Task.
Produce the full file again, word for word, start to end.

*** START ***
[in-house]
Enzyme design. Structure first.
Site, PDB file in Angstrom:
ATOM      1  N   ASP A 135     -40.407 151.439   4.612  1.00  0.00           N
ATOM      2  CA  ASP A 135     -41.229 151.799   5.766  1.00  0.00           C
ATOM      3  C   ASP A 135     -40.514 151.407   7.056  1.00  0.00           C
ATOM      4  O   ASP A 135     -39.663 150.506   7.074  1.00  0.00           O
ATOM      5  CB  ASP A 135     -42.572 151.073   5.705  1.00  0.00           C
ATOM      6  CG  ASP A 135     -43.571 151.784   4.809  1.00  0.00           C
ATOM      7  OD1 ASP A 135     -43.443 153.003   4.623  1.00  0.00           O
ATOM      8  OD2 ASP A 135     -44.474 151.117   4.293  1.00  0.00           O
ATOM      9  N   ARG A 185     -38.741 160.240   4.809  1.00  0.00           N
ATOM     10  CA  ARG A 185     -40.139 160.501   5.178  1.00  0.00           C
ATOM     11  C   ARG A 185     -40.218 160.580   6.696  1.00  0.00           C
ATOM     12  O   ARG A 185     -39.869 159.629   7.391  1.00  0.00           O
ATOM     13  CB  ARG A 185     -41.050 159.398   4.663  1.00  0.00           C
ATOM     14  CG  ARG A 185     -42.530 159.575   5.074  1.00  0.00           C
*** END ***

[in-house]
Enzyme design. Structure first.
Site, PDB file in Angstrom:
ATOM      1  N   ASP A 135     -40.407 151.439   4.612  1.00  0.00           N
ATOM      2  CA  ASP A 135     -41.229 151.799   5.766  1.00  0.00           C
ATOM      3  C   ASP A 135     -40.514 151.407   7.056  1.00  0.00           C
ATOM      4  O   ASP A 135     -39.663 150.506   7.074  1.00  0.00           O
ATOM      5  CB  ASP A 135     -42.572 151.073   5.705  1.00  0.00           C
ATOM      6  CG  ASP A 135     -43.571 151.784   4.809  1.00  0.00           C
ATOM      7  OD1 ASP A 135     -43.443 153.003   4.623  1.00  0.00           O
ATOM      8  OD2 ASP A 135     -44.474 151.117   4.293  1.00  0.00           O
ATOM      9  N   ARG A 185     -38.741 160.240   4.809  1.00  0.00           N
ATOM     10  CA  ARG A 185     -40.139 160.501   5.178  1.00  0.00           C
ATOM     11  C   ARG A 185     -40.218 160.580   6.696  1.00  0.00           C
ATOM     12  O   ARG A 185     -39.869 159.629   7.391  1.00  0.00           O
ATOM     13  CB  ARG A 185     -41.050 159.398   4.663  1.00  0.00           C
ATOM     14  CG  ARG A 185     -42.530 159.575   5.074  1.00  0.00           C